The 70th anniversary of the blitz recalls not only the horror of nightly bombing raids both on London and other English cities, but also the failure of its objective to demoralise their citizens living under sustained attack. Those who lived through it talk of helping each other and pulling together, united in the face of collective threat.
As an island race we’re sometimes accused of being insular and uncaring, yet the blitz spirit survives and is revealed in surprising and frequently unusual ways.
Noting the kindness of strangers in London last night as we all battled the ghastly combination of unrelenting rain and a tube strike – which equated to the wholesale disappearance of taxis – I was reminded of a different kind of solidarity.
Some years ago the Royal Academy staged an exhibition called Apocalypse – a multi-media platform where 13 artists portrayed their visions. Controversially included were Maurizio Cattellani’s ‘Pope’ a sculpture of Pope John Paul II felled by a meteorite and the Chapman Brothers’ ‘Hell’ – 5000 small mutilated figures arranged in the shape of a swastika, providing their comment on the horrors of 20th century genocide.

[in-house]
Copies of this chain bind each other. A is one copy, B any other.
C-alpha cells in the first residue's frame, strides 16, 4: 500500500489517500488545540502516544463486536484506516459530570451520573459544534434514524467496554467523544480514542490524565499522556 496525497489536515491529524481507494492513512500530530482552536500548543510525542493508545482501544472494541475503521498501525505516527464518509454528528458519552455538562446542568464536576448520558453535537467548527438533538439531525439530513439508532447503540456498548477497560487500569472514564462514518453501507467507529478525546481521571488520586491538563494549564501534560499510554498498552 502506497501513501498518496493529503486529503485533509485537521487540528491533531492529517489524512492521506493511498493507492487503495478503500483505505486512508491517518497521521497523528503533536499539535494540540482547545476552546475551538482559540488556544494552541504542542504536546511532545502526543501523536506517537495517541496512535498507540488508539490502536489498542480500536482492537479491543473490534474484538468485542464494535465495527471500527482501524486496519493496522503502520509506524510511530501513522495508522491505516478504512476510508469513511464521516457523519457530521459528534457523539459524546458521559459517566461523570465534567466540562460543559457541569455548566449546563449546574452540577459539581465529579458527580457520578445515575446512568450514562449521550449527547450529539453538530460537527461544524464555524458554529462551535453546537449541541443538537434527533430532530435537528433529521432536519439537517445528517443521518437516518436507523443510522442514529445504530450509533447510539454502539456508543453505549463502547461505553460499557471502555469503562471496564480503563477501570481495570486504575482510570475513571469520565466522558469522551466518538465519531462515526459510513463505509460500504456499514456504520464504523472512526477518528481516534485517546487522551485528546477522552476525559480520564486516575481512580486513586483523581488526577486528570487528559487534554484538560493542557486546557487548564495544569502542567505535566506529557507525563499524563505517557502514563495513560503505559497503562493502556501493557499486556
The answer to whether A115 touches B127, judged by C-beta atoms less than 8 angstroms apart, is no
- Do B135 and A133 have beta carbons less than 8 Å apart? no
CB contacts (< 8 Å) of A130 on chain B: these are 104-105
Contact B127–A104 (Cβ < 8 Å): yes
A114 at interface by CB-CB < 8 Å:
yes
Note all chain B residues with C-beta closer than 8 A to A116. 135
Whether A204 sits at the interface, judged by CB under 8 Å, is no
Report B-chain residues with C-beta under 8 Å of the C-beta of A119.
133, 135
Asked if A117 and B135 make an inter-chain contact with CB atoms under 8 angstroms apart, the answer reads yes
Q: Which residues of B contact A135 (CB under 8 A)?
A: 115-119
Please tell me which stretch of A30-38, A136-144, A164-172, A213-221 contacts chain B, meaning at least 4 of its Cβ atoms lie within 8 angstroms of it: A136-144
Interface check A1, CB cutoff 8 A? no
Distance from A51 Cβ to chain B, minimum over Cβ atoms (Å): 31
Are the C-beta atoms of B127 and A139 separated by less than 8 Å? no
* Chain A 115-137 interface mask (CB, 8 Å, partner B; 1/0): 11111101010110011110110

The blitz spirit emerged in an installation by German artist Gregor Schneider. A series of rooms, some resembling strip-lit cells and with artfully placed mirrors, provided a maze to explore and from which to try and escape.
Logically, escape had to be possible, yet there were numerous blind alleys which lent a note of increasing anxiety, which was doubtless the artist’s intention. However, within a short time of entering the maze the Brits within it had formed a cohesive group, sharing knowledge and advice to find a way out – and defeating the perceived threat of incarceration.
Discussing this reaction with a colleague the following the day, he revealed that his German wife had observed and been astonished by the British capacity to get together in the adversity of the daily commute.
She had noted that while commuters tended to be fairly insular, as soon as anything out of the ordinary happened they banded together in solidarity. Something as innocuous as a minor delay (never mind the ubiquitous ‘leaves on the line’) would generate rapport. Significantly she said ‘that would never happen in Germany’.
I was left to assume that Gregory Schneider had underestimated the ‘blitz spirit’ – the Brits in his maze ‘Kept Calm and Carried On’, and made their Great Escape.